Habana the toast of Twickers

2009-12-07 00:00

SPRINGBOK wing Bryan Habana was the toast of Twickers and the British press after scoring all three tries for the Barbarians in their 25-18 weekend win over New Zealand in London at the weekend.

Frustratingly, after weeks of watching largely sterile rugby and a string of Springbok tour defeats, Saturday’s season finale — reportedly the most entertaining of contests — was not televised.

“Habana is fast becoming the scourge of New Zealand,” wrote Nick Cain in the London Sunday Times.

“The Springbok wing picked up where he left off in the Tri-Nations by scoring a scintillating hat-trick for the Barbarians to see them to a famous victory over the All Blacks, their first since the famous Gareth Edwards-inspired 1973 classic.

“Habana’s heroics spoilt New Zealand’s previously unbeaten autumn, and saw their line crossed for the first time in five matches. The star-studded Barbarians punished the All Blacks coach, Graham Henry, for fielding a second-string outfit in a fiercely competitive match.”

The Barbarians were not short of motivation as captain Victor Matfield said the nine South Africans in the 22-man squad were seeking a clean sweep by beating the All Blacks for the fourth time this year while the four Wallabies were chasing their first win in five internationals against the New Zealanders this season.

And in charge was former Bok and current Italian coach Nick Mallett, who had his own point to prove. Club contractural obligations resulted in only one player from the four Home Unions playing in the game but nearly 70 000 spectators still arrived for the game and left happy. The lone home interest was Welsh and British Lions centre Jamie Roberts who formed a powerful midfield combination with Bok Jaque Fourie outside the sublime Wallaby flyhalf Matt Giteau.

The Sunday Telegraph’s Gavin Mairs described the occasion as a fascinating game of rugby and an emphatic smack in the chops for anyone who thinks that Test rugby has to be programmed and risk-free.

“Of course, the Barbarians had a shed load of hugely-gifted individuals. They also had Bryan Habana, who scored three tries and proved beyond a scintilla of doubt that he is the most charismatic rugby player on the planet at the moment.

“Habana was something else. He poached his tries supremely well, but it was the other stuff that marked him out as special. He almost knocked himself out when tackling Brendon Leonard as New Zealand strove to get back into the game. And it was Habana’s eagerness to get into the match with his supercharged runs close to the breakdown which demonstrated just how much a victory meant to the Barbarians.”

Mairs said the Baa-Baas were so desperate to win that they kicked a penalty in the 77th minute to stretch their lead to seven points.

“So desperate was Schalk Burger to hang on to that advantage that he put his body on the line for the umpteenth time to tackle Mike Delany in the final act of the match. Jamie Roberts ran about 30 metres to hug Burger after the tackle. So did Morné Steyn. It was that important to them.”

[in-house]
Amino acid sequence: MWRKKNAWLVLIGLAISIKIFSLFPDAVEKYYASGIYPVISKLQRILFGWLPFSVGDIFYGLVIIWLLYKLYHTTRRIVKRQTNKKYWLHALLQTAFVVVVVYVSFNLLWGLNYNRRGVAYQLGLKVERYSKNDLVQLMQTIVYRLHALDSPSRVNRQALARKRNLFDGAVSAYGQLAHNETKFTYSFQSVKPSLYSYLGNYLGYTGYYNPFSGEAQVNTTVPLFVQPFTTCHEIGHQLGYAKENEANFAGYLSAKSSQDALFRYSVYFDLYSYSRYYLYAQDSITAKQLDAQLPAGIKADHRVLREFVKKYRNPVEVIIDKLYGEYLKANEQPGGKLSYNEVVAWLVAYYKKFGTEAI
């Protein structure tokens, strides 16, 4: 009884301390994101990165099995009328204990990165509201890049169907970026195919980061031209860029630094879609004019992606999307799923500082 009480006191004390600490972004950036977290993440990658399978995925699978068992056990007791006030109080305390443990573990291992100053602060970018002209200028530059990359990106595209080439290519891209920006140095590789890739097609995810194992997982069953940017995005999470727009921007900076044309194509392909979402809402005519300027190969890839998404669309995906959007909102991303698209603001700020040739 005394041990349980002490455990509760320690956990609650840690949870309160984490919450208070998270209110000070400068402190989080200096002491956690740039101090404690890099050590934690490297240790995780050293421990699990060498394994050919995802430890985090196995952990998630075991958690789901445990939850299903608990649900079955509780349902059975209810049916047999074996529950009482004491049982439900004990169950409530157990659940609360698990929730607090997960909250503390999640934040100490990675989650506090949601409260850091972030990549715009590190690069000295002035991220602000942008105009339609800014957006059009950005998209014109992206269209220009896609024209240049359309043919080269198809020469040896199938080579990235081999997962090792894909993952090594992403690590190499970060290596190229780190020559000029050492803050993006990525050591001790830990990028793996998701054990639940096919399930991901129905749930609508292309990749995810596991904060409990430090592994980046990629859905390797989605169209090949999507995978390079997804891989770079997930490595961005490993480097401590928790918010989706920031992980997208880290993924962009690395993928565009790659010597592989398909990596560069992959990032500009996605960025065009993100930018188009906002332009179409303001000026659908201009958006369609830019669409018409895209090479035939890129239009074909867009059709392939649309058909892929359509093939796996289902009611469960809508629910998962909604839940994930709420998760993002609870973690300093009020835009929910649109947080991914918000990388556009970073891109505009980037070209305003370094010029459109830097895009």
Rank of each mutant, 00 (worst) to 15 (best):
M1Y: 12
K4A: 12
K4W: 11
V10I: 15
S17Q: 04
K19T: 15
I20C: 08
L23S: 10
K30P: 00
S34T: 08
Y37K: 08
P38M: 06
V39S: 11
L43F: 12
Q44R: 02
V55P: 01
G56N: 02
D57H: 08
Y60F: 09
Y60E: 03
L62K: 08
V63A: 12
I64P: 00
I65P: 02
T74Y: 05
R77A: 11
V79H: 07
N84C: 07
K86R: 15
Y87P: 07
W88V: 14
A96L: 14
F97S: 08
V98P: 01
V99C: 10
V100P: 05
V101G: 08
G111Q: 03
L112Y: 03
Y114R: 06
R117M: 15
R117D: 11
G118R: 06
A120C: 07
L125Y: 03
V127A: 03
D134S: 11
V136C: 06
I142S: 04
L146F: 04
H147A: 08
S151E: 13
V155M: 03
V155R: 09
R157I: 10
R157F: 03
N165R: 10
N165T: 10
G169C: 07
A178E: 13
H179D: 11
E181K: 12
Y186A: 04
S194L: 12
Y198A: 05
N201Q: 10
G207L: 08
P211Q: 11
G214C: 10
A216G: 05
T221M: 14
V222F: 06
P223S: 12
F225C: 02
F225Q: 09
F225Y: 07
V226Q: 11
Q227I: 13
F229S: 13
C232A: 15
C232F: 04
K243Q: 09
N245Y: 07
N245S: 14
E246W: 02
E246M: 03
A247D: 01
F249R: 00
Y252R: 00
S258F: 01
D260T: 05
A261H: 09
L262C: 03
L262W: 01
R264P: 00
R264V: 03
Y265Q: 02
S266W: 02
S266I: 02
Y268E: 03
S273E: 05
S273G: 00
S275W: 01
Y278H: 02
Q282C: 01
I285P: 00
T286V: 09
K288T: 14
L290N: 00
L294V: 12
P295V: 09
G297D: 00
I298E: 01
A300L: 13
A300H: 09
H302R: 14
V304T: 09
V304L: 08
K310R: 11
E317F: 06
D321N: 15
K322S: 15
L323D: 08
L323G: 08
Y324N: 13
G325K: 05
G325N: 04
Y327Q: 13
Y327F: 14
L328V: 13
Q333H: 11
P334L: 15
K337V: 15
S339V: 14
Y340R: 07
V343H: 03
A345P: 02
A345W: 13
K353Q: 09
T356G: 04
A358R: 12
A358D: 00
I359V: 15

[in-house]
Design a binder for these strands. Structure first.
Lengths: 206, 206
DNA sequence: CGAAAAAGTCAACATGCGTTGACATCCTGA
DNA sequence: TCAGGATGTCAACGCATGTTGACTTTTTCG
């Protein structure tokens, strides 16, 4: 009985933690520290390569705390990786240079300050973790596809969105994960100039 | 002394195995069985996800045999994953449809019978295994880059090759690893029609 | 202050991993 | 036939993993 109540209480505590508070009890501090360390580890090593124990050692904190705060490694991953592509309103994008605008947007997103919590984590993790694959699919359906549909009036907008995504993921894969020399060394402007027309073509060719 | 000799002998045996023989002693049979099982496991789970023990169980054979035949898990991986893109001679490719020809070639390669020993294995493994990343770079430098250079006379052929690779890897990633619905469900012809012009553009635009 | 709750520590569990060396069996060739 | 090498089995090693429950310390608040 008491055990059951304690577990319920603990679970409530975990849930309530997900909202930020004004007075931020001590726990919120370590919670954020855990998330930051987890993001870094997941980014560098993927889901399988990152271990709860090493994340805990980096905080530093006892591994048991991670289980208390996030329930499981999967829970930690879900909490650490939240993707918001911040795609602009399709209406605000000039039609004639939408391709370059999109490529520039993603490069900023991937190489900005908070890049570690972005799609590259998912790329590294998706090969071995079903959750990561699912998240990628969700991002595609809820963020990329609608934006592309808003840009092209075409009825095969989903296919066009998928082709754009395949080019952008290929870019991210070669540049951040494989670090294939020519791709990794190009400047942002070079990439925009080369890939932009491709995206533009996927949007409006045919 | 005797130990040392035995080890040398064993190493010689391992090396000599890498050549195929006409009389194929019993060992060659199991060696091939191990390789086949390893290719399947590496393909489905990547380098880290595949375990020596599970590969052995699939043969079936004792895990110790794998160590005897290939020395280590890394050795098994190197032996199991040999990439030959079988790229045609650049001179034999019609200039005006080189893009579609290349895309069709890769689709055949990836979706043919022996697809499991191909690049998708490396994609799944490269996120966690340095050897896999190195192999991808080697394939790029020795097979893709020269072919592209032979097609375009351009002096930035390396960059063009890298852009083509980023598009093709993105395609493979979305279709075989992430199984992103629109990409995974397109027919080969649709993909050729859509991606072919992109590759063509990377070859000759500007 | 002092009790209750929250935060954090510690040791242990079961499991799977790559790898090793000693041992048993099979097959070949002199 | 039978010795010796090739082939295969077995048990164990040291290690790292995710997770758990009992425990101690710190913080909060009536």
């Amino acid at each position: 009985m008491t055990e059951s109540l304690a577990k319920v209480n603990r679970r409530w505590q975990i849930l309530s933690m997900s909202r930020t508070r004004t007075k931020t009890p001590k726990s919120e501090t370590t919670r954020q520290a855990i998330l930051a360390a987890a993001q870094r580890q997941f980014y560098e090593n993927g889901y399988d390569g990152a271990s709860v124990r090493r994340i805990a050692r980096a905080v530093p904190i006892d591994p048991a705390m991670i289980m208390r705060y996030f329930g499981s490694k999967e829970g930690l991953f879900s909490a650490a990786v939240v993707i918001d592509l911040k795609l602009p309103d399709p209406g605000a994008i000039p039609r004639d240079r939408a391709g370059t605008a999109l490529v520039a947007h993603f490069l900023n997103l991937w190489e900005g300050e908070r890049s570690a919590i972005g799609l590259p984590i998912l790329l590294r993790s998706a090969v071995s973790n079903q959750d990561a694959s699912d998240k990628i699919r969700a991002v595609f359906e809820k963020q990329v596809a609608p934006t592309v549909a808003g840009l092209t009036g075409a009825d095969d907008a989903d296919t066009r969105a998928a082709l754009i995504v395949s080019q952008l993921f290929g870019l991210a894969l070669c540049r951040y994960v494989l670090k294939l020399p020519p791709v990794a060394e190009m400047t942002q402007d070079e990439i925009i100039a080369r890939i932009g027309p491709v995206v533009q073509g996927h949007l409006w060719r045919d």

Steyn, who came on as a second-half replacement for Wallaby fullback Drew Mitchell, kicked a late penalty and, after a Giteau break, made the scoring pass for Habana’s third try, which took the Baa-Baas ahead after 68 minutes.

Mitchell had fashioned Habana’s first try, launching a counter-attack from inside his own 22-metre line, but the Bok wing’s second, on half-time, was all his own as he raced 60 metres to score after a characteristic interception.

“That’s up there with the best,” Habana told Cain of the win. “We have an unbelievably talented group of players, and to beat an All Black side that hasn’t lost and hasn’t conceded a try is special.”

The Baa-Baas coach and captain, Nick Mallett and Victor Matfield, both South Africans, were also elated.

“Nobody will forget 1973 and we understand the ethos of what the Barbarians is about,” said Mallett.

“Bryan Habana is exceptional, a fantastic player to coach because you don’t have to coach him. He understands defensive systems so well and it is no coincidence he scores so many intercept tries.

“A lot of people have been depressed about the quality of rugby on show last month, but there we saw two teams who had attacking mindsets,” said Mallett. “They defended well but looked to attack. Of course there was kicking — that’s a part of the game — but there were also tries.”

For Matfield it was the topping to what has been a remarkably successful season with the Bulls and the Springboks.

“It’s an amazing feeling,” Matfield said. “All week we heard about Barbarians traditions. To be part of something that great is awesome. We had a lot of fun, but went out there and played like professionals.”

All Blacks assistant coach Wayne Smith was despondent about the loss of the unbeaten record.

“It’s disappointing really, but the Barbarians are a great team.”


Barbarians: Tries: Habana 10, 40, 68 Conversions: Giteau (2) Penalties: Giteau, Steyn.

New Zealand: Tries: Smith 23, Boric 61 Conversions: Donald Penalties: Donald, Delany

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